It’s funny, because parallel to my dad recording with the Wilburys and making Mystery Girl was the last gasp of hair metal and that kind of corporate rock which ended up spawning grunge. My dad and those guys had their own thing, which was the generation before, in where they would check in with the record company or the record label knew everything was good so they largely stayed uninvolved in the recording process. Then when my dad took over Rumbo to finish Mystery Girl, Tom Petty was across the way making Full Moon Fever, so it was more of that at-home feeling. And when Petty left, Don Henley came in and began recording The End of the Innocence across the hall. Meanwhile, you had Bono and my dad and Jim Keltner all together in the same room to cut “She’s a Mystery to Me.” Literally it was just the three of them in that room, and we turned up the tracking tapes, the rough studio demo, and put it on the Mystery Girl deluxe edition. It’s amazing how good everything sounds, which is a testament to how much the informal way they were recording was paying dividends for them.
Paul McCartney wasn’t the only legend Elvis Costello was working with in the late ’80s.
Elvis Costello says “The Comedians” was a Roy Orbison song that he wrote and had to give it back to my dad, which is a hilarious thought. He was alerted that my dad was doing a record by I believe T-Bone Burnett. He wanted to get that song directly to my dad. And it was so early it pre-dated Black & White Night. Musically, Elvis was one of the bandleaders at that concert, because he knew the songs and he knew the way they were supposed to go. So a lot of the cueing in terms of arrangements, people would look at him on his acoustic guitar back there.
Through his work on Harrison’s Cloud Nine, Roy’s Mystery Girl, Petty’s Full Moon Fever and the Traveling Wilburys albums, Jeff Lynne killed ’80s pop in Alex Orbison’s opinion.
When people talk about the glory days of music and the record business, that phase right there in the ’80s was where you had the pop sampling and compressed production that was big in music at the time. It was everywhere. And then Jeff Lynne single handedly hijacked popular music and sold 15-20 million records making these organic albums. It seemed like there was no way it would’ve worked at the time if you had to plan it. There wasn’t that “damn the torpedoes” mentality. These guys and the production Jeff brought to the table gave their voices an arch and helped them get across what they wanted to do so naturally. It was so beneficial, because it made turning on the radio fun again. I was born a dinosaur rocker.
Alex and his brothers were also at the right age to be in the thick of the vibrant Los Angeles rock scene.
We were literally at ground zero in L.A. back then, which would make Roy Orbison a part of that scene somehow. We went to liberal arts school, so that culture with Fishbone and the Red Hot Chili Peppers and Jane’s Addiction was all around us. My drum teacher when I was 13, I’d go down to the Sunset Strip to see him play. And Guns N’ Roses was at Rumbo before my dad working on Appetite for Destruction. It’s funny, because all the people at Rumbo were complaining about them, because they destroyed the studio and took all the toilet paper when they left. So my dad had heard about them, but not as the next big band but rather the group who made a mess of the studio and stole toilet paper (laughs). Then the “Sweet Child O’ Mine” video came out on MTV, and I told my friends, “These were the guys who wrecked the studio my dad’s working in!”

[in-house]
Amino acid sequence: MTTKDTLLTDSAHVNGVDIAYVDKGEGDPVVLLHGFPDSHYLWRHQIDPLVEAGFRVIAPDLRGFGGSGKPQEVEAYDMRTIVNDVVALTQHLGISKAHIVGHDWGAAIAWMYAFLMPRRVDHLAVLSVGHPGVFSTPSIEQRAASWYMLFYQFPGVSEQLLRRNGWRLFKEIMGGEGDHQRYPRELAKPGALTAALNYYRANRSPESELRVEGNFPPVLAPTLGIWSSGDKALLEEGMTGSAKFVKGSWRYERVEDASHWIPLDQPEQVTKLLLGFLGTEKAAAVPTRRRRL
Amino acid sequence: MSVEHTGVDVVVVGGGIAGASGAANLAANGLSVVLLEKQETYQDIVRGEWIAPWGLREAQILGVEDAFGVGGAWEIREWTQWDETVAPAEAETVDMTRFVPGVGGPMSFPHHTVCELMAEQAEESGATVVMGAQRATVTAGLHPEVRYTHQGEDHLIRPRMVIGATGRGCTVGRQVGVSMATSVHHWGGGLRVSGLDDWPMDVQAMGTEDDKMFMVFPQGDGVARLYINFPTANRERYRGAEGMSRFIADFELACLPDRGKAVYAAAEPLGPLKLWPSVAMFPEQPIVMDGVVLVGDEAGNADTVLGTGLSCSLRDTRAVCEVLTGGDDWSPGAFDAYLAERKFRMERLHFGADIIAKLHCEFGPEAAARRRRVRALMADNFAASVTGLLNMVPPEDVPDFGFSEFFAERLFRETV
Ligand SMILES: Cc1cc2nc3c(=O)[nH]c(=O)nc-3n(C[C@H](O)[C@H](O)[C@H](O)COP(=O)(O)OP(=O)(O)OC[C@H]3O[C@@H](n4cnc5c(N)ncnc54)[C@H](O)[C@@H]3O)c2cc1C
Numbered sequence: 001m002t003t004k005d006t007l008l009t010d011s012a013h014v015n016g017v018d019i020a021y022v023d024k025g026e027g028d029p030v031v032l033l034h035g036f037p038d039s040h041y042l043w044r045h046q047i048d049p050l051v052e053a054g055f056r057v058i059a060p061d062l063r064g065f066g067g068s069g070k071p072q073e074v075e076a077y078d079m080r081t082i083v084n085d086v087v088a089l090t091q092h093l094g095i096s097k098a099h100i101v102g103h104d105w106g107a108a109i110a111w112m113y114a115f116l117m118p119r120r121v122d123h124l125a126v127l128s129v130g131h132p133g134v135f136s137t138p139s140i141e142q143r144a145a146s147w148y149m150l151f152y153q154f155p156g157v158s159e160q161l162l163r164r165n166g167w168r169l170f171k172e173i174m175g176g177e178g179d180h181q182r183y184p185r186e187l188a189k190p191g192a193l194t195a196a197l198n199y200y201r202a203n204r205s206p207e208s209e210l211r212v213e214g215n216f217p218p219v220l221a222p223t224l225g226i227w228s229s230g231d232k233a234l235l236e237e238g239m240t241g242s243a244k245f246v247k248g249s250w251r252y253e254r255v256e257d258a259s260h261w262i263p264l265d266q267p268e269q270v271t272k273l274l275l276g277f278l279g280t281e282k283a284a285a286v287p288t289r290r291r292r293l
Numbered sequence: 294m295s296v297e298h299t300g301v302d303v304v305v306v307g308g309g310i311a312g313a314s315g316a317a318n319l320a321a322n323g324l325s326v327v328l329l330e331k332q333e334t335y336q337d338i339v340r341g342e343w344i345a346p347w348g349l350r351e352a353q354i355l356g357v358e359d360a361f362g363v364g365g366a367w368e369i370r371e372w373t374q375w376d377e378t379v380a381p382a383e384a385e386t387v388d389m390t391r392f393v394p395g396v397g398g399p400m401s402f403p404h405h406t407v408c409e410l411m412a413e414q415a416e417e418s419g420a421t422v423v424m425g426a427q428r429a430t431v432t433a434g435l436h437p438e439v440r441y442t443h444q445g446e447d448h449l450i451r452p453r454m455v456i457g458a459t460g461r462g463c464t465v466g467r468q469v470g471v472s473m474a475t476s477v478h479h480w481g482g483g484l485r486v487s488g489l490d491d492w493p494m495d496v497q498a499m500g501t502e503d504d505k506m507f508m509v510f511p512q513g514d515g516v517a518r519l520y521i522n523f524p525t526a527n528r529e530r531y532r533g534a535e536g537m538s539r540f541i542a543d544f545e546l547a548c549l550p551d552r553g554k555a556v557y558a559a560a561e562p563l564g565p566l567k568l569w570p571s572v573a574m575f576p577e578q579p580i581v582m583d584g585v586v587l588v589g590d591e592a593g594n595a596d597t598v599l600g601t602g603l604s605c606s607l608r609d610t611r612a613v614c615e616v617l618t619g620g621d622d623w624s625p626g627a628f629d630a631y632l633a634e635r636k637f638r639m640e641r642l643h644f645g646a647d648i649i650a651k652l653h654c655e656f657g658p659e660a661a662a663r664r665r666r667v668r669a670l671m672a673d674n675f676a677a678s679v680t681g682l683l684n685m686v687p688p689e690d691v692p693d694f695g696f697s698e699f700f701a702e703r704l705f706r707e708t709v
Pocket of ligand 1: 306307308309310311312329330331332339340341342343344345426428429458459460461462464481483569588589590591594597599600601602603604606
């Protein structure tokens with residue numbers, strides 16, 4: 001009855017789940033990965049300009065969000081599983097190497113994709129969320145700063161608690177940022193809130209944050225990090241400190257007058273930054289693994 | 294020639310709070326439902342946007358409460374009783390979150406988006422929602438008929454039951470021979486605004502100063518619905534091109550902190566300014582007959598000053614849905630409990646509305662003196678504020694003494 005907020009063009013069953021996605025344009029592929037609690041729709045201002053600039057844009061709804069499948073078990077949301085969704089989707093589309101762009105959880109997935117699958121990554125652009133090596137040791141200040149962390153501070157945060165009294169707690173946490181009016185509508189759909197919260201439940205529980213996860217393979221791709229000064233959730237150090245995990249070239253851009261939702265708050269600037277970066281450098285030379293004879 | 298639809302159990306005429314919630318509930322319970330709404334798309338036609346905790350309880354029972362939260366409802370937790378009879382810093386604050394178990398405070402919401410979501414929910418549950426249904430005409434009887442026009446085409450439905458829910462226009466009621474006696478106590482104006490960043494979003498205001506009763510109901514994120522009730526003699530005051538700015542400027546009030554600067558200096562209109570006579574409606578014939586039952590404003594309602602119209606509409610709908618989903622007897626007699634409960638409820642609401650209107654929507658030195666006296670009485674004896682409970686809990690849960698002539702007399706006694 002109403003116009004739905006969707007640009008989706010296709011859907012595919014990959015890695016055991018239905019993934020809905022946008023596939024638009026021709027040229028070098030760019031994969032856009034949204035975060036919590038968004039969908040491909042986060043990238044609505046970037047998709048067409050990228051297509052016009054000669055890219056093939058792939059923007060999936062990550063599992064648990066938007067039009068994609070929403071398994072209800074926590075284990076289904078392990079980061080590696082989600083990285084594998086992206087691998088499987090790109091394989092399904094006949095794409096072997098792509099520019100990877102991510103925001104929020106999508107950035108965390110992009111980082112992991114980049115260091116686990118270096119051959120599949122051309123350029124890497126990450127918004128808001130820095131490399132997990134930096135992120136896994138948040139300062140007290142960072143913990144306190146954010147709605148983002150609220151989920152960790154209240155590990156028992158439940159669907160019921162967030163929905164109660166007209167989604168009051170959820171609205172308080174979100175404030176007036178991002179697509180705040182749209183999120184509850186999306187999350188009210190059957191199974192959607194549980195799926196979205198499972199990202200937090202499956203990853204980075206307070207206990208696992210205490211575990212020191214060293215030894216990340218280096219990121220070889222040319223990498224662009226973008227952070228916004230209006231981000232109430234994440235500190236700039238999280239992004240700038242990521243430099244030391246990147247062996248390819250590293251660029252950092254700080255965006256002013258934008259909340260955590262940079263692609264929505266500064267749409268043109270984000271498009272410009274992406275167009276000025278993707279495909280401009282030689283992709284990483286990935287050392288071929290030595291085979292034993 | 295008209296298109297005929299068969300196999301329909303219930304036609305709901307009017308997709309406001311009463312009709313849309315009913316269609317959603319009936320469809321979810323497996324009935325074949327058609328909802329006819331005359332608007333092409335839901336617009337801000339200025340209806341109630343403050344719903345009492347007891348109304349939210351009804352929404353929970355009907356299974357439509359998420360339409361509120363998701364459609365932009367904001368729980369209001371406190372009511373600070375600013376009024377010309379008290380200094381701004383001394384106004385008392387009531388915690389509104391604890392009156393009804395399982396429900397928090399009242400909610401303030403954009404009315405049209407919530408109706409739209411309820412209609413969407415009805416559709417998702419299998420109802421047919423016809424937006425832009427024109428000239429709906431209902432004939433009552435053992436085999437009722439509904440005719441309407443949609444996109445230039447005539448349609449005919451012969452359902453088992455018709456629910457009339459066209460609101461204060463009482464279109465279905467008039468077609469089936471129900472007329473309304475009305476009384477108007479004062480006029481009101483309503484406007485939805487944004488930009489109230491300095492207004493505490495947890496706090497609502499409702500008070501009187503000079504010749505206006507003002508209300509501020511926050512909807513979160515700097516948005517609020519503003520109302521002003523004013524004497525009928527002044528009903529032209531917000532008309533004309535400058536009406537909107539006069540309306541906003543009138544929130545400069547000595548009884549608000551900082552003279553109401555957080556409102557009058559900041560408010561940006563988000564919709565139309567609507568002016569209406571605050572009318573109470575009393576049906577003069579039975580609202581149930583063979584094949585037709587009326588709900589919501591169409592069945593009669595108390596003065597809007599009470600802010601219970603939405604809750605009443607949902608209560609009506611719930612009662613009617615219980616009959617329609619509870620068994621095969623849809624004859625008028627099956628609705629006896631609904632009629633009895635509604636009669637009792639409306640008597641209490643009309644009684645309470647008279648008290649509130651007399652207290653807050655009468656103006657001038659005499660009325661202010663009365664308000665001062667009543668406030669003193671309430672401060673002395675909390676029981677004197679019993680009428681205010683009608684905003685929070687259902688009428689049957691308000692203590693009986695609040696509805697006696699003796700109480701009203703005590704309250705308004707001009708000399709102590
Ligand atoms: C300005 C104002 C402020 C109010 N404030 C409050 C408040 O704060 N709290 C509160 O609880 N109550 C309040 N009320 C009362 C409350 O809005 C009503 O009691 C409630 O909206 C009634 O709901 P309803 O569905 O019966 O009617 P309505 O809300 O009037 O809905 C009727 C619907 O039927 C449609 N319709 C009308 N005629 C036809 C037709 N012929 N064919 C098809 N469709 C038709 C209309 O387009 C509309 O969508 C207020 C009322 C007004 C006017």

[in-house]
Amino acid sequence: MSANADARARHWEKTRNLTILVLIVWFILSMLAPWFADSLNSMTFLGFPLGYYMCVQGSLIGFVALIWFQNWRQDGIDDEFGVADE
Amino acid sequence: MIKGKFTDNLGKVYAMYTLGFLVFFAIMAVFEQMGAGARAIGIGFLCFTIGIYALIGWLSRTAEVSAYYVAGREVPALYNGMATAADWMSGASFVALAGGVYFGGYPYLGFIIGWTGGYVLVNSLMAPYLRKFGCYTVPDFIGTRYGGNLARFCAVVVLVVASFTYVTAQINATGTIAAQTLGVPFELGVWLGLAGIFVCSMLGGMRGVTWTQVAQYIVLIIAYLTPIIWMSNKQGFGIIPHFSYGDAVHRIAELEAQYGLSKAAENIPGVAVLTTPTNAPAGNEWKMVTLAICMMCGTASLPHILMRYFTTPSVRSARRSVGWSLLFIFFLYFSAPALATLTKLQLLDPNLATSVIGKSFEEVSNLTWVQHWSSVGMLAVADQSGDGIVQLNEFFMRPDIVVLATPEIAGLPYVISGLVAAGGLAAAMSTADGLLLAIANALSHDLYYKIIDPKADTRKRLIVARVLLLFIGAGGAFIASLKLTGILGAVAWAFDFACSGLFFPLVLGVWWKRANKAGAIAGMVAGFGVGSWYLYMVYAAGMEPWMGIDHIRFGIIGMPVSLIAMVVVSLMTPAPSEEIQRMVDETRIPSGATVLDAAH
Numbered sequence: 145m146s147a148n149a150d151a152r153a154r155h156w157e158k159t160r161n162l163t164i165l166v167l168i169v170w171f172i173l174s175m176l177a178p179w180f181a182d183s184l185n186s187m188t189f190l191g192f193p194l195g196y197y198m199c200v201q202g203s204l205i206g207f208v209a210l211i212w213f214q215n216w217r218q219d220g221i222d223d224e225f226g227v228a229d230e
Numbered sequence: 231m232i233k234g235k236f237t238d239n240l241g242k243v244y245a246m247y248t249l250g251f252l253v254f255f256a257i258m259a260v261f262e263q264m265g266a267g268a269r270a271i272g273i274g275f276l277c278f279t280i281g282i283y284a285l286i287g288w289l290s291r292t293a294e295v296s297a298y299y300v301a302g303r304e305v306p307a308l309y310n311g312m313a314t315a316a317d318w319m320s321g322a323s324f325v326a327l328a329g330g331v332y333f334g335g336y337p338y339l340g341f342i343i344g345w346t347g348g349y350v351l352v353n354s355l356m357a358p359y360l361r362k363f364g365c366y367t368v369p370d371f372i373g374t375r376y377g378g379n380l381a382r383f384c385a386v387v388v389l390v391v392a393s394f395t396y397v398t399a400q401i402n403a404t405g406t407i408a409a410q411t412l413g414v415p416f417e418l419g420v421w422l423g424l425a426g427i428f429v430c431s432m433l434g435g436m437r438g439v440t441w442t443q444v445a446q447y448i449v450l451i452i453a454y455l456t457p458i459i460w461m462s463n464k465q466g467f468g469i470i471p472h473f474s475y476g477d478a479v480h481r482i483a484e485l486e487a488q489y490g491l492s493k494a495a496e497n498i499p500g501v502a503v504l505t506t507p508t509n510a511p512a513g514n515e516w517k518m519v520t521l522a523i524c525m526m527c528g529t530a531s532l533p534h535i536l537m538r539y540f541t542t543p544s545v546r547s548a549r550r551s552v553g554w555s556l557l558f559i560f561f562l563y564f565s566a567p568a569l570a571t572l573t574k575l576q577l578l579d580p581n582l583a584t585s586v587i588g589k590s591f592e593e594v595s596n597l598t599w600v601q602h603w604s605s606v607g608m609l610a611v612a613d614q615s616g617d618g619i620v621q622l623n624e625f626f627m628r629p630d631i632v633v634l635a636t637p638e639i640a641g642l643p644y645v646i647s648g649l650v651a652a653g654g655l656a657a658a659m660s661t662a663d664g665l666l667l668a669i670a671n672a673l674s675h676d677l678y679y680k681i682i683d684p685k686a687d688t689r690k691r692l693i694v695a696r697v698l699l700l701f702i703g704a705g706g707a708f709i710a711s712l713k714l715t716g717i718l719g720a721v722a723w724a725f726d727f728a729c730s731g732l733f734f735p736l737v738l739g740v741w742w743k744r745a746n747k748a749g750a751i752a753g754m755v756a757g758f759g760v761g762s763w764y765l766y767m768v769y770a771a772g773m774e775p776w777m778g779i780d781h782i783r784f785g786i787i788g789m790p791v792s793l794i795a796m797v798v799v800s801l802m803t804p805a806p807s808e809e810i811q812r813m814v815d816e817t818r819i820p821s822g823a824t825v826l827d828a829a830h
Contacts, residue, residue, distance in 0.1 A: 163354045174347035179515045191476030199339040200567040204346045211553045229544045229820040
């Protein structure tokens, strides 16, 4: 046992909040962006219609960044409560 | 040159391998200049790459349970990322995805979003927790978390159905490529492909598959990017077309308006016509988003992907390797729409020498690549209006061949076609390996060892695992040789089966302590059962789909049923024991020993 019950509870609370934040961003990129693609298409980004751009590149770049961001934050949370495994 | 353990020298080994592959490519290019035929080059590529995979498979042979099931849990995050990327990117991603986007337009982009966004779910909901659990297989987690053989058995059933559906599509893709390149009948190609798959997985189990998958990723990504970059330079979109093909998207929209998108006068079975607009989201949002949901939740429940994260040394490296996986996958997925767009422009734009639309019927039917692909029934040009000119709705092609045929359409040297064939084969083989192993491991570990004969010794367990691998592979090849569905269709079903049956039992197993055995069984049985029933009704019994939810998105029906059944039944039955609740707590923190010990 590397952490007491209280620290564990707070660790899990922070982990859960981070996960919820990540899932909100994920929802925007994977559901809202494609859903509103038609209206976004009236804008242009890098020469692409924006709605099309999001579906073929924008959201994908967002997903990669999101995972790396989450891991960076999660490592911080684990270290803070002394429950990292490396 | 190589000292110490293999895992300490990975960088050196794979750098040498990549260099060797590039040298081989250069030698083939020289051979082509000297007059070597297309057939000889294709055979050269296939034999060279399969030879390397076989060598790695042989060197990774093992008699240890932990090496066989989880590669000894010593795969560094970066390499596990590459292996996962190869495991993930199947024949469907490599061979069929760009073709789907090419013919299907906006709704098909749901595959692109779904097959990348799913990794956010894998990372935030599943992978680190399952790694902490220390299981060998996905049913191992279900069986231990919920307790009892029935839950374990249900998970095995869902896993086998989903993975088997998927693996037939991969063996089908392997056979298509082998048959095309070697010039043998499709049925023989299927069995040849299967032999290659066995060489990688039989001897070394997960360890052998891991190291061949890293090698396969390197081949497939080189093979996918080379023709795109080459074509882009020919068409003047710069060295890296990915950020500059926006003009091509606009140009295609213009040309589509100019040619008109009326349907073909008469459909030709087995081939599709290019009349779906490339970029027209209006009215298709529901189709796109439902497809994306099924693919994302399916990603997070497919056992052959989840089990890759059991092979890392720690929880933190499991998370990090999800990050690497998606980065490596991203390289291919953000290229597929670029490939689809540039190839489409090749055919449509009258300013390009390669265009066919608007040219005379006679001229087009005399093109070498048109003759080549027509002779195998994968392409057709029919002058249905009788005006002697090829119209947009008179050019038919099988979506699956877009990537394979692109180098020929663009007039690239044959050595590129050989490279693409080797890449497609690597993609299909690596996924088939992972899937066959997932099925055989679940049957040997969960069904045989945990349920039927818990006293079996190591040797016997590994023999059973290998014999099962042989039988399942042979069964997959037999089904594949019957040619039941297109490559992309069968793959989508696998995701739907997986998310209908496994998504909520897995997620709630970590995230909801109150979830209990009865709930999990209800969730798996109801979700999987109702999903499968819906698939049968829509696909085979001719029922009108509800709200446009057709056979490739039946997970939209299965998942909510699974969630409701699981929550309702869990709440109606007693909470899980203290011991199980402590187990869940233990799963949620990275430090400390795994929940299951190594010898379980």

Roy was great pals with Chris Isaak.
Chris came down from San Francisco and hung out at our house for about a week. That was before Mystery Girl started, so Chris had access to the basket of demos that my dad had, which he would listen through and figure out what he liked. They hung out on the beach and went to the local coffee shop, and they did some writing sessions. Chris literally became a family member from that point on. I don’t think they ever recorded together, but with Chris it was about looking for songs together — he and Roy. They probably figured they’d get their own record out of the way and do some writing together. I remember once Chris was at dinner with us and telling jokes. He was so personable and funny. When we did the induction of my dad into the Austin City Limits Hall of Fame, Chris was the first person we called to have him sing “Only the Lonely” and other tunes. He helps us out to this day.
Mystery Girl was not intended to be the last Roy Orbison album by a stretch, and he wanted to go darker in his sound.
One of the terms I’m least happy with Mystery Girl being is the swan song effort of my dad’s, and it was not meant to be that. He looked at this as a plan, where it would be like a one-two punch that would find him going deeper and darker. And he chose to do so with Glenn Danzig, and they did “Life Fades Away” from the Less Than Zero soundtrack. It was a clue to what the second record would’ve sounded like, something dark but also something unabashedly, openingly loving as well, which was “You Are My Love,” a song he wrote for my mom Barbara. Just to tie it into Mystery Girl, the song “Windsurfer” — he had teenage sons and he looked at the way we saw the world back then. And who knows how dark it would’ve sounded to me and my brothers had he used the original lyrics. He sang “He wrote his name in the sand,” but the original lyric was “They found him face down in the sand,” which appears on the demo version from the deluxe edition of the album. Those lyrics were such a point to where my dad was headed being the Dark Prince of Rock ‘n’ Roll.